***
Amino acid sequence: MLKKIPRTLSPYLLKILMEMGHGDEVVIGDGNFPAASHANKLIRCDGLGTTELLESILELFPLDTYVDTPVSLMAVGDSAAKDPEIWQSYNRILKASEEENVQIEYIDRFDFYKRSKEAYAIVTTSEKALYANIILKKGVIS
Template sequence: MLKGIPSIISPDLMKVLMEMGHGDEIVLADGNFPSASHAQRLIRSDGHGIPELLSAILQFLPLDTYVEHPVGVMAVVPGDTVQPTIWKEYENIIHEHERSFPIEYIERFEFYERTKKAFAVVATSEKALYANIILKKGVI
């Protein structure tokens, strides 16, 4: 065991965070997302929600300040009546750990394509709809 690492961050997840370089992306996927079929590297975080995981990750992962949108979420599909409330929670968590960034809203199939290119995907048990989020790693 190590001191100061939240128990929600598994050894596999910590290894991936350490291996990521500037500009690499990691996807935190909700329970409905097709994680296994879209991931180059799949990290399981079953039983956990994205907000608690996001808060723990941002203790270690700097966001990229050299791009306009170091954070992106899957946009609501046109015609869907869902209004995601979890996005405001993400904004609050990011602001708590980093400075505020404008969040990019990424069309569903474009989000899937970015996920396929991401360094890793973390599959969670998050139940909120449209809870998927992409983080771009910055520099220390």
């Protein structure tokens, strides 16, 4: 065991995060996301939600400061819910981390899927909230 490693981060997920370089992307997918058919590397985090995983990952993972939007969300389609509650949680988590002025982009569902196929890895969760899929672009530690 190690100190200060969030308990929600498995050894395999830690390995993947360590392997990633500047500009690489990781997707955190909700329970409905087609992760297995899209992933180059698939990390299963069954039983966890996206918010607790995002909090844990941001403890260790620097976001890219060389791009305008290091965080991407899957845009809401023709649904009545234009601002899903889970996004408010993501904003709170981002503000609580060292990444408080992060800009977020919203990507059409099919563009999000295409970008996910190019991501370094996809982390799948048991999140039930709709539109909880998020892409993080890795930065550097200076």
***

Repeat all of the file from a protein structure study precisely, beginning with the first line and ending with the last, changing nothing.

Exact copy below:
Amino acid sequence: MLKKIPRTLSPYLLKILMEMGHGDEVVIGDGNFPAASHANKLIRCDGLGTTELLESILELFPLDTYVDTPVSLMAVGDSAAKDPEIWQSYNRILKASEEENVQIEYIDRFDFYKRSKEAYAIVTTSEKALYANIILKKGVIS
Template sequence: MLKGIPSIISPDLMKVLMEMGHGDEIVLADGNFPSASHAQRLIRSDGHGIPELLSAILQFLPLDTYVEHPVGVMAVVPGDTVQPTIWKEYENIIHEHERSFPIEYIERFEFYERTKKAFAVVATSEKALYANIILKKGVI
């Protein structure tokens, strides 16, 4: 065991965070997302929600300040009546750990394509709809 690492961050997840370089992306996927079929590297975080995981990750992962949108979420599909409330929670968590960034809203199939290119995907048990989020790693 190590001191100061939240128990929600598994050894596999910590290894991936350490291996990521500037500009690499990691996807935190909700329970409905097709994680296994879209991931180059799949990290399981079953039983956990994205907000608690996001808060723990941002203790270690700097966001990229050299791009306009170091954070992106899957946009609501046109015609869907869902209004995601979890996005405001993400904004609050990011602001708590980093400075505020404008969040990019990424069309569903474009989000899937970015996920396929991401360094890793973390599959969670998050139940909120449209809870998927992409983080771009910055520099220390």
């Protein structure tokens, strides 16, 4: 065991995060996301939600400061819910981390899927909230 490693981060997920370089992307997918058919590397985090995983990952993972939007969300389609509650949680988590002025982009569902196929890895969760899929672009530690 190690100190200060969030308990929600498995050894395999830690390995993947360590392997990633500047500009690489990781997707955190909700329970409905087609992760297995899209992933180059698939990390299963069954039983966890996206918010607790995002909090844990941001403890260790620097976001890219060389791009305008290091965080991407899957845009809401023709649904009545234009601002899903889970996004408010993501904003709170981002503000609580060292990444408080992060800009977020919203990507059409099919563009999000295409970008996910190019991501370094996809982390799948048991999140039930709709539109909880998020892409993080890795930065550097200076």